OFFICERS across the Midlands will be focusing on catching those using and carrying knives and educating young people to tackle the growing number of incidents.
The week-long campaign, which Staffordshire Police is taking part in, is part of the national Operation Sceptre campaign from 12-16 February, will see lots of proactive activity to tackle knife crime in the county.
Sadly Staffordshire is like nearly all forces in the UK, with a repeated rise in knife crime year-on-year. In the last 12 months, Staffordshire saw a 15.7% increase in knife crimes, with a 30% increase the year before.
Staffordshire Police say that during the week you will see high visibility patrols in areas where knife crime is more common, increased stop checks and stop searches where powers allow, and schools and youth groups will be visited by officers to talk about the dangers of knife crime and how you can respond to a knife injury.
Superintendent Ricky Fields, head of operational services at Staffordshire Police, said: “We tackle the issue of knives every week of the year, but we are hopeful that this week we can help to stop the increasing trend of knife crime in Staffordshire and further afield.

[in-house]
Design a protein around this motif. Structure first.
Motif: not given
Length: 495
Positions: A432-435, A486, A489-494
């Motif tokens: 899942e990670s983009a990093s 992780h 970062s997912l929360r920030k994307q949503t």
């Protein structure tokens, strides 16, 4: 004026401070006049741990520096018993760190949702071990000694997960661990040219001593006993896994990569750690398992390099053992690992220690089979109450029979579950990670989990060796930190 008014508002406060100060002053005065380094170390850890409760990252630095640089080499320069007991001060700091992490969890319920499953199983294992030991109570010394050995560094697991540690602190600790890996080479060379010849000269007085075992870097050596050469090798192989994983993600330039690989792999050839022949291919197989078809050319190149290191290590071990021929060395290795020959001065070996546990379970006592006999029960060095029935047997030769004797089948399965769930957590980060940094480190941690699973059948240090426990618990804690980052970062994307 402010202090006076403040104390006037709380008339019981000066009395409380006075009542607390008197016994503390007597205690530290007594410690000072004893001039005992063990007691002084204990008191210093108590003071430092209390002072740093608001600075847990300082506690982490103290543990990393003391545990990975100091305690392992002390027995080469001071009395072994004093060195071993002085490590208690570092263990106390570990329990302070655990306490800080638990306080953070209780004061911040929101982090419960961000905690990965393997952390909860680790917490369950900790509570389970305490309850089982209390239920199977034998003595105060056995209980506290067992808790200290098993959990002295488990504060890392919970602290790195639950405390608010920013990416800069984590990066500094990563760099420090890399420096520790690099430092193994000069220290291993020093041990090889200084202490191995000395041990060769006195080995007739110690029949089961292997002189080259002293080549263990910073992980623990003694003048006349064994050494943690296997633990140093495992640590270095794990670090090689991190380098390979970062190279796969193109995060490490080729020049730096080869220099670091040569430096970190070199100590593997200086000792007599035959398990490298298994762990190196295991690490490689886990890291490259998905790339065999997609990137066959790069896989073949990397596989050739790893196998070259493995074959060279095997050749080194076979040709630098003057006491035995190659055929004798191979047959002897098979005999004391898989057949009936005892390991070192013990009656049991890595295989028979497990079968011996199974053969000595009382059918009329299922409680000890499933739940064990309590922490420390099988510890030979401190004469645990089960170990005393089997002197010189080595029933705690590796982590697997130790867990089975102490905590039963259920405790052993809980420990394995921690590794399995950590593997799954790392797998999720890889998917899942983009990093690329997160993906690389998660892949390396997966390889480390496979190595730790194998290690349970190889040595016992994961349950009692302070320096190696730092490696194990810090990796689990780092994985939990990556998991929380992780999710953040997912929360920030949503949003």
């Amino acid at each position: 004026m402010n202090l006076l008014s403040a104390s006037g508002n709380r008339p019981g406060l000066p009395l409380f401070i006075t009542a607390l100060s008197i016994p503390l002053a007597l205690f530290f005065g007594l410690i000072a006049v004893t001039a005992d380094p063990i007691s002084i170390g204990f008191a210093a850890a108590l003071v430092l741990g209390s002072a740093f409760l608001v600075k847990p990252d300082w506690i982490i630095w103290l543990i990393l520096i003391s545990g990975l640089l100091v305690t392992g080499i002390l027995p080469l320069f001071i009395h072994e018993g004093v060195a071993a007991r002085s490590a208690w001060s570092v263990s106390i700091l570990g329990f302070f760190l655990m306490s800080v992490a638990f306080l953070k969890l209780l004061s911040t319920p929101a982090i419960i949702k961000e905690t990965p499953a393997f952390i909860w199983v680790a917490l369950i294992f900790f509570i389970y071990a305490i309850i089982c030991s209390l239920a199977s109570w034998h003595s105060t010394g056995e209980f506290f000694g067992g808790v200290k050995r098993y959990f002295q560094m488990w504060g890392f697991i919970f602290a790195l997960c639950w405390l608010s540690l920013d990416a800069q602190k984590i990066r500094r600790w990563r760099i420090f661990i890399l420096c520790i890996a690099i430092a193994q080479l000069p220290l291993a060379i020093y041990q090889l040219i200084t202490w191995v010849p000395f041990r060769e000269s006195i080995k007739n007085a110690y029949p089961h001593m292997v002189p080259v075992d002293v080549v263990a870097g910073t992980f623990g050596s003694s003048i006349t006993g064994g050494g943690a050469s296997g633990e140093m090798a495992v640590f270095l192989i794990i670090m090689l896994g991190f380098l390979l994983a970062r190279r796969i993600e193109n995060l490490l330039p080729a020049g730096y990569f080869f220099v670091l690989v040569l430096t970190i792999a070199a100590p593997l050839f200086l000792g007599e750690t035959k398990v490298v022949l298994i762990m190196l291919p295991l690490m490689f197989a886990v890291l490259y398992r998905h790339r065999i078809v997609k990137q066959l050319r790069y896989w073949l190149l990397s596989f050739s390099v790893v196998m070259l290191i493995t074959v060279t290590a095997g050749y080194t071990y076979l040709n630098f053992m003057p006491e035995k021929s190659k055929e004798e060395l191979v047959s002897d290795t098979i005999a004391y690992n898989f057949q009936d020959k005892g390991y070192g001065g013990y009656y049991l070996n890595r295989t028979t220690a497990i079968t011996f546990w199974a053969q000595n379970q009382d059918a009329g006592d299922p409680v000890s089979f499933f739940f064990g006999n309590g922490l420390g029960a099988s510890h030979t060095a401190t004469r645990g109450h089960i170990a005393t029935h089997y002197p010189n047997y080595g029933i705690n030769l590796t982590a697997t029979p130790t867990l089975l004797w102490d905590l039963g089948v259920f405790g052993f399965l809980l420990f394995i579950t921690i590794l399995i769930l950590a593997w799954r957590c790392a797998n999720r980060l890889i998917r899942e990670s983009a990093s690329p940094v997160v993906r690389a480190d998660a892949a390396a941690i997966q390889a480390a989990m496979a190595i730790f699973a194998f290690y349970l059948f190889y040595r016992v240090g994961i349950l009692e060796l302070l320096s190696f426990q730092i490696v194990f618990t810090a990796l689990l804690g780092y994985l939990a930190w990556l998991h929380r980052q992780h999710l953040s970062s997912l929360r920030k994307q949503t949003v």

“There will be lots of positive action from us and partners across the county to demonstrate how dangerous knives are and the consequences of carrying them, using them or just being in a group of people that use them.
“If you know someone that chooses to use or carry a knife, please call 101 in confidence or, for guaranteed anonymity, call Crimestoppers on 0800 555 111.”
Neighbouring force, West Midlands Police will also be taking part in the campaign where officers will work with the Border Force to intercept weapons that have been shipped in internationally after being brought on the internet.
Undercover operations designed to root out shops that sell blades to children are also being launched.
Supt Ian Parnell, West Midlands Police’s lead on knife crime, said: “We fully understand the public concern around increases in knife crime, and that’s why we’re putting a lot of effort in to reducing it and taking those who think it’s acceptable to carry blades.
“One knife-related crime is one too many. The consequences of carrying knives can be catastrophic. We’ve seen people suffer very serious injuries, while offenders can expect to spend many years behind bars.
“If we look at the level of knife crime across the area we can see that although the statistics have increased recently – mirroring the national picture – it comes following a considerable decline leading up to the last few years. Nevertheless, there is still much work to do.
“The people we find most often in possession of a knife in public are young men aged between 15 and 19. A common excuse we hear is that it’s for their ‘protection’ – but that is a total fallacy and it’s shocking how many times young men are seriously hurt by the very knife they are carrying.
“If you carry or use a knife you are likely to be arrested and prosecuted and, if found guilty, likely to face a substantial prison sentence.”